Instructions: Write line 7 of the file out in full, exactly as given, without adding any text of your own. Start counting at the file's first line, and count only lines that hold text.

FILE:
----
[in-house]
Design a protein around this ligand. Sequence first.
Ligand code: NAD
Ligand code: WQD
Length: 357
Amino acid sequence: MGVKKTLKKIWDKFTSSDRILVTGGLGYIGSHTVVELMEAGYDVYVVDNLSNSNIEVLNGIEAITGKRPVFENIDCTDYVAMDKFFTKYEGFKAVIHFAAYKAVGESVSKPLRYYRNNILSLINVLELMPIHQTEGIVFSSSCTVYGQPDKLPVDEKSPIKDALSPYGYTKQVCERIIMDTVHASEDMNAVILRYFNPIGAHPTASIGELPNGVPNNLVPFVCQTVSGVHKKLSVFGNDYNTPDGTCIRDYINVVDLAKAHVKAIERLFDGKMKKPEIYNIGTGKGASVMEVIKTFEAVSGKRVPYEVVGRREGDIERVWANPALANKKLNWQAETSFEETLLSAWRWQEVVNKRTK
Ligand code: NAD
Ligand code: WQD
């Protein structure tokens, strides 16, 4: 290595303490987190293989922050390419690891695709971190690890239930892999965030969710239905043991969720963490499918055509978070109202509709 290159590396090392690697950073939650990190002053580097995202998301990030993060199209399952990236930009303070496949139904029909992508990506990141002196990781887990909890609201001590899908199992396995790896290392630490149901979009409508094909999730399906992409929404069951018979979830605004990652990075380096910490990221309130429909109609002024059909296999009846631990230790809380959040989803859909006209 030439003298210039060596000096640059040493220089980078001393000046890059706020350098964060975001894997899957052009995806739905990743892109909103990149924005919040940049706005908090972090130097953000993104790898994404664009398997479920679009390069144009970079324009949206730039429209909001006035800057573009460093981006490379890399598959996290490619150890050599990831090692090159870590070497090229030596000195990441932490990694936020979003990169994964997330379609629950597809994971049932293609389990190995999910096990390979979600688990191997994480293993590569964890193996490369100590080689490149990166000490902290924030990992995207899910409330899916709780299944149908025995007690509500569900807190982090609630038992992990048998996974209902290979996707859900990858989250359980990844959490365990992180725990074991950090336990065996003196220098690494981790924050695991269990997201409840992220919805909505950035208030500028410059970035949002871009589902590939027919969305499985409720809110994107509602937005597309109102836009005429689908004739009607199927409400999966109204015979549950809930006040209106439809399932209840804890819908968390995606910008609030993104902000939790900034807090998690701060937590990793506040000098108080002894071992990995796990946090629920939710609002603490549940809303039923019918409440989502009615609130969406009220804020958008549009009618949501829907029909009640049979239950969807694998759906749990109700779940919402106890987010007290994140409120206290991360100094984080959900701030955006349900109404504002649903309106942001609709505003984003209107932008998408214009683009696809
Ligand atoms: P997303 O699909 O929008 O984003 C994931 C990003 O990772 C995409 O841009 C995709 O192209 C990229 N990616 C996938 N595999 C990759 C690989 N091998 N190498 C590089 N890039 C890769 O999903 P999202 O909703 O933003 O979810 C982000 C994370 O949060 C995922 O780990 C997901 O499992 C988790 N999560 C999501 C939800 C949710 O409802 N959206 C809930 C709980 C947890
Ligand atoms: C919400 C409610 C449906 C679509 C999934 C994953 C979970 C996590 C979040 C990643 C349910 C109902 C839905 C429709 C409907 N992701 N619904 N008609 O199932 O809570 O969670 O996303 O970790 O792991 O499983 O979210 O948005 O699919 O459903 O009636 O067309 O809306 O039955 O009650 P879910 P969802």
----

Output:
Ligand code: NAD